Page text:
Property of the month: A former monastery on Italy's glamorous Amalfi Coast
by Francesca Steele
The Italian market is rewarding buyers from around the globe who are lured by Amalfi’s siren call and Inspiration will surely flow at this elevated hideaway, a former monastery near arty Ravello, says Francesca Steele...
Property buyers have long been drawn to the Amalfi Coast for its secluded feel and stunning costiera architecture: think pretty coastal towns, terraced orchards with mind-boggling views, gorgeous churches and proximity to historic sites such as Pompeii. The region is also home to some of the grandest hotels in Italy and a handful of fine dining and Michelin-starred restaurants.
European house hunters – predominantly from France, Germany and the UK – tend to settle in hotspots like Positano, with its smart boutiques and terracotta cottages clinging to the cliffside, and the ancient fishing villages of Praiano and Conca, with their secluded beaches and sea caves. The quiet town of Ravello is the go-to destination for American buyers.
Agents say that it’s a good time to get a deal in Italy: according to Knight Frank, prime prices fell by 5.5 per cent in 2016. Those searching for a bargain should look at the lesser-known villages of Erchie, Cetara and Furore, says Sabrina Majello, sales manager of Italy Sotheby’s International Realty, while American buyers can benefit from the favourable exchange rate.
Perched at an elevation of 360 metres above the sea, the medieval streets and garden villas of Ravello have attracted artists and creative types for decades – Turner and Joan Miro painted here and Virginia Woolf, DH Lawrence and Graham Greene all visited. American writer Gore Vidal owned the whitewashed villa of La Rondinaia for three decades – it went on the market two years ago for $21.1 million.
Those looking for their very own Ravello cliffhanger should consider Torre di Civita, a stunning property with its own rich and celebrity-filled history, now on sale with Sotheby’s International Realty for €45 million. At 1,000 square metres, this home has plenty of room for creativity, with 12 bedrooms and 14 bathrooms as well as vineyards, orchards and vegetable gardens that spread across nearly 20,000 square metres.
The property sits on the site of a 12th century monastery and the original watchtower still stands at the estate’s highest point; its spruced up interior now contains a beautiful master suite. The main villa, which is traditionally styled, is set across three floors and has a real sense of indoor/outdoor living, with a magnificent drawing room with fireplace and chef’s kitchen, plus plenty of terraces, an outdoor kitchen and swimming pool.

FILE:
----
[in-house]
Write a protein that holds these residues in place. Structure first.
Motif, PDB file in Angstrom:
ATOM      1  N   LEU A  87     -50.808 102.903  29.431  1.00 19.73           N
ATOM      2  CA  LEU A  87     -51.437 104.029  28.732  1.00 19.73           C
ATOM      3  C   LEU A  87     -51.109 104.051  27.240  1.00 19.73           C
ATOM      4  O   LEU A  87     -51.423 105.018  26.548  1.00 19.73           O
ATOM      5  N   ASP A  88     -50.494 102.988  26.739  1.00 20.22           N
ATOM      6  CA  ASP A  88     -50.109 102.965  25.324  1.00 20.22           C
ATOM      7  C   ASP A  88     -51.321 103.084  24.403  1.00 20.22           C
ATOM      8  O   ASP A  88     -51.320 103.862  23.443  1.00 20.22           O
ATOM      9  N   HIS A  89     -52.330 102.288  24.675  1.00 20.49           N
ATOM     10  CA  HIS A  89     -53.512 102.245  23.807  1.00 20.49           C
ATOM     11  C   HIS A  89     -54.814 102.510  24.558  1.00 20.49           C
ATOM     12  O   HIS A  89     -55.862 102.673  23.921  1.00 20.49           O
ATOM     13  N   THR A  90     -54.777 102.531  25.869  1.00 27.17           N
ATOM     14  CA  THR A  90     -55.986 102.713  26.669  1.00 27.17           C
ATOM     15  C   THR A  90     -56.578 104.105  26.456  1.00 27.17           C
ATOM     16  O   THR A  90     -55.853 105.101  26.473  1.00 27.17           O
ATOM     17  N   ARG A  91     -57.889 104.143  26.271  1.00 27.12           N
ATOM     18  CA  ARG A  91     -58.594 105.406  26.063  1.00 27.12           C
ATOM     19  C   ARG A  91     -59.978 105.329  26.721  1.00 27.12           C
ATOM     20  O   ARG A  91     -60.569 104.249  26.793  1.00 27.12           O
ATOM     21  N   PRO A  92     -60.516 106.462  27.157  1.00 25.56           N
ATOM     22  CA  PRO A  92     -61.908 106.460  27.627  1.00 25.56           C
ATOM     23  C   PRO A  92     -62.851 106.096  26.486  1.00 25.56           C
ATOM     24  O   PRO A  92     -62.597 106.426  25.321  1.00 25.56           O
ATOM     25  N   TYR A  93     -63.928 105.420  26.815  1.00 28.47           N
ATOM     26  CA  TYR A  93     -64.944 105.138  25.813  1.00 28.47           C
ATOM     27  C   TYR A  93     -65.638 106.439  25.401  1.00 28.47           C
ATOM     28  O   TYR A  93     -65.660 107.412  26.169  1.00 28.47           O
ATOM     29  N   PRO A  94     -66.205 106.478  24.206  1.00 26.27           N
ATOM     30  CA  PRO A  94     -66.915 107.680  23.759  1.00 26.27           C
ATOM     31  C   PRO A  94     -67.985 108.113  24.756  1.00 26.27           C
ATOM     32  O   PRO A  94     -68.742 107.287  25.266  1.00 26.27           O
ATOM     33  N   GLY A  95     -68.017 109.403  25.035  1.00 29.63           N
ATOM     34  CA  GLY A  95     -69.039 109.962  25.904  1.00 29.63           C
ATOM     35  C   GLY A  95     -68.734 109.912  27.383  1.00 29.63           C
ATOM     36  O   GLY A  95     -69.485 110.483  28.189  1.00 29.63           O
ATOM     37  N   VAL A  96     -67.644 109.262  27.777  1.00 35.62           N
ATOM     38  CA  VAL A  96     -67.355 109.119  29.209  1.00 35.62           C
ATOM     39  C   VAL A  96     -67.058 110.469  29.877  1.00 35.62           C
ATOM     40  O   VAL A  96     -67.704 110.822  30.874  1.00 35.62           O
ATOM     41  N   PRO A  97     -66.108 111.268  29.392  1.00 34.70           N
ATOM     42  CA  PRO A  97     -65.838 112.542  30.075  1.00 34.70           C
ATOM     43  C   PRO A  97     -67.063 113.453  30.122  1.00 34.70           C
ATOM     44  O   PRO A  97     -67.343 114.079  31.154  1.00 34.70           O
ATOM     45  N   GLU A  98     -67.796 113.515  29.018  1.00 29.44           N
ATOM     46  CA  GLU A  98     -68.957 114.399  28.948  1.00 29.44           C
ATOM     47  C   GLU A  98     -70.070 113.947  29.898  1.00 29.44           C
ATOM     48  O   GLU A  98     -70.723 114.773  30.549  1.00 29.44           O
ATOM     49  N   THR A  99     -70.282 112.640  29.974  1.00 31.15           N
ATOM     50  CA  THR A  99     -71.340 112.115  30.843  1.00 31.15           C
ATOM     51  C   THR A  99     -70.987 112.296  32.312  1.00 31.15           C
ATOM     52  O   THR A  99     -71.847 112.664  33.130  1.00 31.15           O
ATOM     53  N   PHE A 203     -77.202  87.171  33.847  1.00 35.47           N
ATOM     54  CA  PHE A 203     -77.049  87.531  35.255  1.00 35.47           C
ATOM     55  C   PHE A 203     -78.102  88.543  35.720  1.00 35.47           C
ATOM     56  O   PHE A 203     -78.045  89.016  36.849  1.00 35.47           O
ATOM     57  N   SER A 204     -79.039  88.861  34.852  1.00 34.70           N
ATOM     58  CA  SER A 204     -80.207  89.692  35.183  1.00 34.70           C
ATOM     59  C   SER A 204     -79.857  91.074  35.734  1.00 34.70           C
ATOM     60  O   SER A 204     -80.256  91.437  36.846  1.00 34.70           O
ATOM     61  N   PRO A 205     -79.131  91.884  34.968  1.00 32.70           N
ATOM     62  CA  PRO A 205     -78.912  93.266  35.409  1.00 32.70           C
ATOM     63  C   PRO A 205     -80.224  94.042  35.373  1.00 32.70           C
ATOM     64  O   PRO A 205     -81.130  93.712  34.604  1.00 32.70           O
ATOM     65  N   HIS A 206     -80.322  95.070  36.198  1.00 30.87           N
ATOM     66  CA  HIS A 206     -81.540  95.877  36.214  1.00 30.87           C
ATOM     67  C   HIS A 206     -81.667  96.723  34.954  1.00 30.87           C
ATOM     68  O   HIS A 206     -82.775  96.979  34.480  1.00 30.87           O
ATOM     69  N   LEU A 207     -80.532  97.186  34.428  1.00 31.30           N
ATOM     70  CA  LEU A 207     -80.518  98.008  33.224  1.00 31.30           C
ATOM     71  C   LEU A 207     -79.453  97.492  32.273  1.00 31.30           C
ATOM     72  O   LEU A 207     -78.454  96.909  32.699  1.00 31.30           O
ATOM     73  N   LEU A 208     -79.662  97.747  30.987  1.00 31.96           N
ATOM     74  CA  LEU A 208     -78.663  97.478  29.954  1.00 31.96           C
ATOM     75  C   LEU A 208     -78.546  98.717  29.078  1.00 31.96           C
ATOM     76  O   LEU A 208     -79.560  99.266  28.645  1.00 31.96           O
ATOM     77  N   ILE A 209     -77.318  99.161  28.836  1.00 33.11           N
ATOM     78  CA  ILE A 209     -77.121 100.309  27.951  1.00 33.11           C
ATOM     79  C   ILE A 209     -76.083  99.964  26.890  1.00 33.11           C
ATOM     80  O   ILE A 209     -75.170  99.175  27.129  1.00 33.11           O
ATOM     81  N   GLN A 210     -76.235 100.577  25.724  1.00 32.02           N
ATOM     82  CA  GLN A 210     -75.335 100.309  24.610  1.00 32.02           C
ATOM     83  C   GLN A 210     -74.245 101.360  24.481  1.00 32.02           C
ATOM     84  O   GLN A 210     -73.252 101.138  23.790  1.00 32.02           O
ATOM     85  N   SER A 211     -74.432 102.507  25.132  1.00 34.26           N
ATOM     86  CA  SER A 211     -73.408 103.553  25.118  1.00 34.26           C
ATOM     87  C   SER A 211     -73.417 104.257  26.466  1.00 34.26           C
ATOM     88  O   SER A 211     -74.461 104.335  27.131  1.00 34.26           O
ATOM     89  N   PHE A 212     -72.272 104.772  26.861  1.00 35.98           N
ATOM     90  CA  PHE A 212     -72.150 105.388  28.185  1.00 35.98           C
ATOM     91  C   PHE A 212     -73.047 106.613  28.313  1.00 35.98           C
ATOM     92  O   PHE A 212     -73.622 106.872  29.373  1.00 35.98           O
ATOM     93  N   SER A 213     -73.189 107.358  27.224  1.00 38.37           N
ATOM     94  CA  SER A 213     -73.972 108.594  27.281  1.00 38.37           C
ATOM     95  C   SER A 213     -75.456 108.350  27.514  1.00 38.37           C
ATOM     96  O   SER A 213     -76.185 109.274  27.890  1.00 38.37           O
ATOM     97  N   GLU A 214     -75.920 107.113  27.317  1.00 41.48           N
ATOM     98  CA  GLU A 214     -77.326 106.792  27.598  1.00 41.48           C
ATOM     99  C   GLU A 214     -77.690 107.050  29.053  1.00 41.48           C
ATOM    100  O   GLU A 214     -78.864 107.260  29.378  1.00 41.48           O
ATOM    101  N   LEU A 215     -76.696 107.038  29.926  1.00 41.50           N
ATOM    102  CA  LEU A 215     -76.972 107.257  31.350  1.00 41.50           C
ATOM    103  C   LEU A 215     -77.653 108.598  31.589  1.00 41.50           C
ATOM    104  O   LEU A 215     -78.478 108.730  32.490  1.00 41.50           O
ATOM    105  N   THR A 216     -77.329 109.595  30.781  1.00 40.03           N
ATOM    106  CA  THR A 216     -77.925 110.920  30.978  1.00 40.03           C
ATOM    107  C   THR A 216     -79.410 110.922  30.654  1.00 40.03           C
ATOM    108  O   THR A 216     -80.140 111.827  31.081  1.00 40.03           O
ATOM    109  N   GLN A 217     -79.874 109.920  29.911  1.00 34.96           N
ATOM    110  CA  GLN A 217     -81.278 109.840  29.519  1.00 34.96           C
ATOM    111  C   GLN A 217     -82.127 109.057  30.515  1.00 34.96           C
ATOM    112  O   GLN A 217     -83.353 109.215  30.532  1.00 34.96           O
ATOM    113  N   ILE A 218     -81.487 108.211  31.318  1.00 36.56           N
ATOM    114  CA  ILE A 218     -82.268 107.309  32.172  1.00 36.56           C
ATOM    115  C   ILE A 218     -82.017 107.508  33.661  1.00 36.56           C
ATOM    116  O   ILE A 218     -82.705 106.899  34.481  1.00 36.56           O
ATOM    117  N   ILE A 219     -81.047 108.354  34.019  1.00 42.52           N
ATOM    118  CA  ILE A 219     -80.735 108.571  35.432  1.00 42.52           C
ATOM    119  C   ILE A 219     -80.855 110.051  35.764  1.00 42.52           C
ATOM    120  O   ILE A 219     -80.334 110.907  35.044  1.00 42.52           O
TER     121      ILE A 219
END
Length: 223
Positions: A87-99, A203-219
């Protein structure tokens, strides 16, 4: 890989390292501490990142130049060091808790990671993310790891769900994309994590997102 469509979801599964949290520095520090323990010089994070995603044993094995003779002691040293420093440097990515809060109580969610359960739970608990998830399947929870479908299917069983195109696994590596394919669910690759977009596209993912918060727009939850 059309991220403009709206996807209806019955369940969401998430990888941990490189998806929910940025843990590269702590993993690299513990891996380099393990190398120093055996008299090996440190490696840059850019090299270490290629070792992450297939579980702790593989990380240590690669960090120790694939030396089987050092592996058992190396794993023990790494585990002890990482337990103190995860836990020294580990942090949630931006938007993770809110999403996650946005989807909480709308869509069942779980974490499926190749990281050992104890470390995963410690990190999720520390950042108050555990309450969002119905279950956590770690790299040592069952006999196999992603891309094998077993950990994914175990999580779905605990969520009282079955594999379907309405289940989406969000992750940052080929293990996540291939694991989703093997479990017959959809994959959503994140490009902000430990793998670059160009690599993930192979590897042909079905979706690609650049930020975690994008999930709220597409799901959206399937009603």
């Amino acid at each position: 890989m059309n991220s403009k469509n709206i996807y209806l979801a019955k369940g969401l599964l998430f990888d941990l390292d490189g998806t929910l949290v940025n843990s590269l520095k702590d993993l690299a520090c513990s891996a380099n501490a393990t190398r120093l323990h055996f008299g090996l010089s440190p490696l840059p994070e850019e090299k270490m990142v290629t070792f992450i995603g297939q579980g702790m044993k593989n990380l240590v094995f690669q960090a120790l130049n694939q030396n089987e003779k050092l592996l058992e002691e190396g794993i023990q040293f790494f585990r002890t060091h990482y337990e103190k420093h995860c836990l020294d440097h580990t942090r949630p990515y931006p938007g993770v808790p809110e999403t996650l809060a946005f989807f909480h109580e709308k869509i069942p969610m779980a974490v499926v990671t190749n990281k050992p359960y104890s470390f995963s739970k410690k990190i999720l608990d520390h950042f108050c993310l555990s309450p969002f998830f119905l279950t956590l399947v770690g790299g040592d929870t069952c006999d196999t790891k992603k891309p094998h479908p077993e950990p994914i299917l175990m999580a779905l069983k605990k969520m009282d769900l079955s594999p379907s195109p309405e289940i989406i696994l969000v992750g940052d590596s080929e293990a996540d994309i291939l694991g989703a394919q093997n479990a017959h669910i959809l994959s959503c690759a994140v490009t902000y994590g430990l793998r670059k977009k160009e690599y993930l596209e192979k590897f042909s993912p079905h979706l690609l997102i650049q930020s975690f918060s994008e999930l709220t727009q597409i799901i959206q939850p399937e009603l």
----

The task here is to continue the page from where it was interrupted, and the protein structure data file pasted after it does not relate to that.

“The stunning views that surround the property are considered its best feature,” says Carlo Cavandoli, sales agent for Italy Sotheby’s. “From the old medieval tower incredible views of the Gulf of Salerno can be enjoyed.”
How this property came to be transformed into a luxurious retreat is an intriguing tale, worthy of any novelist. The biggest renovations were done by the glamorous Countess Marajen Stevick Chinigo, who came across the property when sailing the coast with her soon-to-be husband. The couple, who were thought to have connections to the Mafia, fell in love with the place and bought it in 1952, according to Maureen Hughes in the biography The Countess and the Mob, and restored the villa and gardens. It has had several owners since then.
“The current owners have completely renovated the property and transformed all its buildings into the magnificent estate it is now – a truly unique offering in a stunning setting,” adds Cavandoli.
Torre di Civita’s elevated position is a 20 minute ride up the twisting hillside from nearby Porto di Amalfi – which has moorings and berthing for yachts up to 35 metres. The town of Ravello has plenty to keep you entertained, from the Michelin-starred Rossellinis restaurant at the Palazzo Avino to the town’s annual music and arts festival in the summer.
Buyer's guide: Amalfi Coast
Brand new berths: The new €120 million Marina d’Arechi opened this year in Salerno, with easy access to Amalfi and Capri. It has 1,000 berths for yachts between 10 and 100m, including 80 for superyachts.
Eat up: The Amalfi Coast has some spectacular restaurants offering regional produce. Top tips from residents include the elegant Ristorante Eolo Amalfi and the more low key L’Antica Cartiera, both of which serve excellent local seafood and highly regarded local wines.
Disco den: Africana in Praiano is the coast’s most famous club, where Gore Vidal once mingled with Jackie Onassis and Rudolf Nureyev on the natural sea cave terrace.
Cause a stir: Palazzo Sasso in Ravello, once a private residence and now a high class hotel, offers some of the most refined clifftop drinking. Sip the famous martinis while overlooking the Gulf of Salerno.
Walk on by: Pasticceria Pansa, next to the cathedral in Amalfi, is the best spot for people watching as locals take their daily passegiate (stroll).
Torre di Civita is for sale with Sotheby’s International Realty, sothebysrealty.com.